|Evaluation of the antidysrhythmic effects of delta- and kappa-opioid receptor agonists and antagonists on calcium chloride-, adrenaline- and ischemia/reperfusion-induced arrhythmias in rats|
Valtchanova-Matchouganska, A., Missankov, A., Ojewole, J.A.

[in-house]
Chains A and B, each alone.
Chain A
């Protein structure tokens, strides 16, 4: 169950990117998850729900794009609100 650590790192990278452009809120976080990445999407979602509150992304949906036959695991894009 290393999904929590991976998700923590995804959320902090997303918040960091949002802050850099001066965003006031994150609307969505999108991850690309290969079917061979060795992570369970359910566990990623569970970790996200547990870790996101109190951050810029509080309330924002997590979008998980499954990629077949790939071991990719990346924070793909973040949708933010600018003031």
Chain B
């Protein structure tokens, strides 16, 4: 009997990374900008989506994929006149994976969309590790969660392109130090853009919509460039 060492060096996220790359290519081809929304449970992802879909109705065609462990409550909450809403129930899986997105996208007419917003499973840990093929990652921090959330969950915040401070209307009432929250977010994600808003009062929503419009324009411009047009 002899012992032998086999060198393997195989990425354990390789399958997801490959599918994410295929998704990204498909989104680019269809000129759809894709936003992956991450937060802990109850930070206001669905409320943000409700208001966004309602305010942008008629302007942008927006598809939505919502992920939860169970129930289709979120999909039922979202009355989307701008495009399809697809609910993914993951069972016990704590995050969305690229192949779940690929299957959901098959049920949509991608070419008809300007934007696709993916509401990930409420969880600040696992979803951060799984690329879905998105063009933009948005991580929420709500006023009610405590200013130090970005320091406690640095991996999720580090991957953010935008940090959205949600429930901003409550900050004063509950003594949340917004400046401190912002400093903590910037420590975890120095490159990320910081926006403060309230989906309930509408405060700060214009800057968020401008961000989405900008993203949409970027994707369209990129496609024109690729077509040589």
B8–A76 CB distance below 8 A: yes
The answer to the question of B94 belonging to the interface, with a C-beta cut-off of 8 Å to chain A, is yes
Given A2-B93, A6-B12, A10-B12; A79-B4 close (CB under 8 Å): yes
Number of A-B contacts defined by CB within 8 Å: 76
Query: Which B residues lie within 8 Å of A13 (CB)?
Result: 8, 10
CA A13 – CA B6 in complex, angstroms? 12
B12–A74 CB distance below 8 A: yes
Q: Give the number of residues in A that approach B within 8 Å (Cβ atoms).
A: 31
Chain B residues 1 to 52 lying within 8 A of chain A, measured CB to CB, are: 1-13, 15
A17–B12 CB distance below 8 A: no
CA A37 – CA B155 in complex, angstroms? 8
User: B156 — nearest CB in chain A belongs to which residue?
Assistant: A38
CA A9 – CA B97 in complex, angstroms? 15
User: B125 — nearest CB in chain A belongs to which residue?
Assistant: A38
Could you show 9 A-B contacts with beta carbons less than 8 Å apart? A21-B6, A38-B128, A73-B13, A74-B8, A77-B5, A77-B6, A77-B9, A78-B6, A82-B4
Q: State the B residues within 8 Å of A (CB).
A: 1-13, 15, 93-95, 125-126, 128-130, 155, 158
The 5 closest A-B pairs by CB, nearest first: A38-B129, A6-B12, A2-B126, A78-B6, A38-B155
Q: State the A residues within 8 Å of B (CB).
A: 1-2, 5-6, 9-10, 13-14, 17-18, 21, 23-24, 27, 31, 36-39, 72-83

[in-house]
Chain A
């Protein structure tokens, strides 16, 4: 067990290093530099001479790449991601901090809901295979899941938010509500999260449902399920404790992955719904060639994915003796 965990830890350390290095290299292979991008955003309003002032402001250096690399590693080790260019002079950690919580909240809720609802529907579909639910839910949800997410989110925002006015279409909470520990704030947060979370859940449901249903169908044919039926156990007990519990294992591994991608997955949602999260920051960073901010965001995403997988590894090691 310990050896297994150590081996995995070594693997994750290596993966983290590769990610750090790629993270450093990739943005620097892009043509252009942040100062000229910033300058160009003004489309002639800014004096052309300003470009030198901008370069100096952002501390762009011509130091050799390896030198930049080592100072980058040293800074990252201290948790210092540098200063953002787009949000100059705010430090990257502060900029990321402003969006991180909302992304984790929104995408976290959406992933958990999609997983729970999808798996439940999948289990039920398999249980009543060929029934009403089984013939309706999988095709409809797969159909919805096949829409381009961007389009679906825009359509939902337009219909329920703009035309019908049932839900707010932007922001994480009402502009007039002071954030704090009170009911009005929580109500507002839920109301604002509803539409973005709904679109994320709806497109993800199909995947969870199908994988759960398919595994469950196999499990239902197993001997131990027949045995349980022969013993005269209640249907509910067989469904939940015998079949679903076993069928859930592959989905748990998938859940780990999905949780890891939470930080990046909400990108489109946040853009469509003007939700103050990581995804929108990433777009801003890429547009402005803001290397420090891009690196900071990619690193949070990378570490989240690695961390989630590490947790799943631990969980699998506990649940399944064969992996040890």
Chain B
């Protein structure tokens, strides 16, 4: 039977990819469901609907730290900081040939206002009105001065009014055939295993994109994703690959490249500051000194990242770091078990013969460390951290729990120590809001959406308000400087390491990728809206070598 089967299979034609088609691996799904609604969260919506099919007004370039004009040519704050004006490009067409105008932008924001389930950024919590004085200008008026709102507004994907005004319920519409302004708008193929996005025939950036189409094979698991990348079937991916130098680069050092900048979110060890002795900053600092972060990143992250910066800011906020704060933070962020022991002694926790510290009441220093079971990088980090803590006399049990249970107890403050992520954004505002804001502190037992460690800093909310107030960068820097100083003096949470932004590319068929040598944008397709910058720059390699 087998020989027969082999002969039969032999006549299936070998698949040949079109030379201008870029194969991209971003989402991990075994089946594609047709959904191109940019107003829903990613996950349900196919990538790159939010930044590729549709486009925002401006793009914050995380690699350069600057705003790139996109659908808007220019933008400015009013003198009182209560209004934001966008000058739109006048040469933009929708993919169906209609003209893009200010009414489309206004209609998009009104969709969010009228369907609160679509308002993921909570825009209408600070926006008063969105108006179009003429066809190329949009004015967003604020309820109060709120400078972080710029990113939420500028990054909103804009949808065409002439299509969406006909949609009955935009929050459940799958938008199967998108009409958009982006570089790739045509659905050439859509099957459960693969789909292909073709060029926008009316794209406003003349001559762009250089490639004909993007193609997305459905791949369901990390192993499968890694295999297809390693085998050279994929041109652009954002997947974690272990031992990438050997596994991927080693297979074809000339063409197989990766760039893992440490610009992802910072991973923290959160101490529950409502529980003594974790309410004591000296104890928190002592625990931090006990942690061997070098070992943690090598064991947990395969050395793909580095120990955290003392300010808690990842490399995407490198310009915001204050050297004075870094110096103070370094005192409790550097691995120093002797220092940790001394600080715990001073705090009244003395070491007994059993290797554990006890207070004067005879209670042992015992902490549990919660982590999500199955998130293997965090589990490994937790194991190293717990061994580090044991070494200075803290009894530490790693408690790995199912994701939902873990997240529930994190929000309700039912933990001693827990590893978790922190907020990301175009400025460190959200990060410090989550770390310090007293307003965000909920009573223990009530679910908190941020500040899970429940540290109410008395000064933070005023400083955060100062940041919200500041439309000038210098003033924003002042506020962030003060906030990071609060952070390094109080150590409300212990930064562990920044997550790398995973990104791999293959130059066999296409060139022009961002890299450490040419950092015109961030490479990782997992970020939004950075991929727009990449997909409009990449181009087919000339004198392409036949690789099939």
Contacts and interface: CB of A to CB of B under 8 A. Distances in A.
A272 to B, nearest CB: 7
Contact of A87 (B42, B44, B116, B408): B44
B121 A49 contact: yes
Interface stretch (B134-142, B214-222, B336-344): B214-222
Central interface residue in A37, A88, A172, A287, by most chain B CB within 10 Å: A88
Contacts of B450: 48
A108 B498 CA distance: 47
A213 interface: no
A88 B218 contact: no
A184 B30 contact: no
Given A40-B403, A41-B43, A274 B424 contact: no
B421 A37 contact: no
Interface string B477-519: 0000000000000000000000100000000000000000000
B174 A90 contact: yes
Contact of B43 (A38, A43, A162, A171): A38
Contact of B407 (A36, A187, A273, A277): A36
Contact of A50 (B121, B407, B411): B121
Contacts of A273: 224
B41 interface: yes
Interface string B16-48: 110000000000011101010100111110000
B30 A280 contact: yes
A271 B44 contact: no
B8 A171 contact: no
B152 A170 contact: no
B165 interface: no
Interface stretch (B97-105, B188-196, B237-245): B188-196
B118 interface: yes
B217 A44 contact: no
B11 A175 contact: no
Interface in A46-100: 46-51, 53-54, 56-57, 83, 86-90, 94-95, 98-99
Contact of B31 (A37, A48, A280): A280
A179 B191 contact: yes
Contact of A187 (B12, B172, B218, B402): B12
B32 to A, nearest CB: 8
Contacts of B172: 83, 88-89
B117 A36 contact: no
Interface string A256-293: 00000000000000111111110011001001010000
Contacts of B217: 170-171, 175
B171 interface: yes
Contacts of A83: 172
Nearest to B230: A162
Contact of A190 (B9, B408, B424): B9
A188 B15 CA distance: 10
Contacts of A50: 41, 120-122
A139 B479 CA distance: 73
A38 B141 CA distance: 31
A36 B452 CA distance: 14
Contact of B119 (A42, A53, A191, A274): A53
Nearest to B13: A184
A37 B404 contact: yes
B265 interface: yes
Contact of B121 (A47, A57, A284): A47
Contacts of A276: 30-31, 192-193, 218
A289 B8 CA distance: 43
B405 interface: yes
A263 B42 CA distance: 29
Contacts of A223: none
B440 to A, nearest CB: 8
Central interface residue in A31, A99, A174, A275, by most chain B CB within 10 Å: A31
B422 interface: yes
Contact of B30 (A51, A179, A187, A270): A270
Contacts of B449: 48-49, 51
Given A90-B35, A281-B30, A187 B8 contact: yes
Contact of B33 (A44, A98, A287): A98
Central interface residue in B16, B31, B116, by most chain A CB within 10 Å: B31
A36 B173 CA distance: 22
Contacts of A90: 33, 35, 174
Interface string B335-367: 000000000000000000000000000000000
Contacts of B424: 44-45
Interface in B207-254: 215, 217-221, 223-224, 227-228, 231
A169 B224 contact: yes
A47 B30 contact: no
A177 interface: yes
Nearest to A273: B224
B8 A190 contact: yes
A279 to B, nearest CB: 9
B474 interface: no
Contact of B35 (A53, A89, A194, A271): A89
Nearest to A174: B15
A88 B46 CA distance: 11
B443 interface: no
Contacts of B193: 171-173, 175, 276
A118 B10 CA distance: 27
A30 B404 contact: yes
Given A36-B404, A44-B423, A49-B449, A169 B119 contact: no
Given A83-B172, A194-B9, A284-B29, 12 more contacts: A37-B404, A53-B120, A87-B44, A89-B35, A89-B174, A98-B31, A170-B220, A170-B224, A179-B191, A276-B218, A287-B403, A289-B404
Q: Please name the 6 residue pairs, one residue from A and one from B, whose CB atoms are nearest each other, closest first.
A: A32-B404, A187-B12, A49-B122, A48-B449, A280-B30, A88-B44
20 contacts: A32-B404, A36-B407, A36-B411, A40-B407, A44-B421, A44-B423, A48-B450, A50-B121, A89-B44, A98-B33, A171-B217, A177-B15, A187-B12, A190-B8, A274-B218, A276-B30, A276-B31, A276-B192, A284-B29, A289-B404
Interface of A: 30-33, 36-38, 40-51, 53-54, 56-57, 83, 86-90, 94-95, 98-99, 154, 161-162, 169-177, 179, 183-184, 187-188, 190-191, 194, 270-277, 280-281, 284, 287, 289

|This study was undertaken to evaluate the involvement of delta- and kappa-opioid receptors in both ischemia- and reperfusion-induced arrhythmias, and to elucidate some of the plausible mechanisms conferring antidysrhythmic effects on opioid delta- and kappa-receptor agonists and antagonists. Different models of arrhythmia (calcium chloride [CaCl2]-, adrenaline-, and ischemia/reperfusion-induced arrhythmias) were employed. The following opioid agonists, antagonists and blockers were used in the study: [D-Ala2, D-Leu5]enkephalin (DADLE), a selective delta-receptor agonist; trans-3,4-Dichloro-N-methyl-N-[2-(1-pyrrolidinyl)cyclohexyl]benzeneacetamide (U-50488H), a selective kappa-receptor agonist; Naltriben Methanesul-fonate (NTB), a selective delta2-antagonist with kappa-receptor agonist-like activity; natrindole, a non-selective delta1- and delta2-receptor antagonist; nor-binaltorphimine dehydrochloride (nor-BNI), a selective kappa-receptor antagonist; chelerythrine, a selective protein kinase C inhibitor, and glibenclamide, a selective blocker of ATP-sensitive K channel. Although results of the morphometric, enzymatic, hemodynamic, electrocardiographic and pharmacodynamic studies undertaken suggest that both opioid delta1- and kappa-receptors are involved in the phenomenon of ischemic heart preconditioning (IPC), the antidysrhythmic effects of the opioids seem to be mediated mainly via kappa-receptors. The antidysrhythmic effect of U50488H was found to be a consequence of its beta-blocking activity (which is comparable to that of propranolol, a Class II antiarrhythmic drug) and its ability to prolong myocardial action potential (QT-interval prolongation, which is comparable to that of amiodarone, a Class III antiarrhythmic drug). The antidysrrhythmic effects of the opioid compounds examined were almost completely abolished by glibenclamide or chelerythrine pretreatment. No calcium-channel blocking activity was observed in this investigation. The present observations suggested that opioid receptors displaying well known analgesic properties may have the potential to protect the myocardium during cardiac ischemia at the early stages of myocardial infarction (when early arrhythmias are the most common causes of death).|
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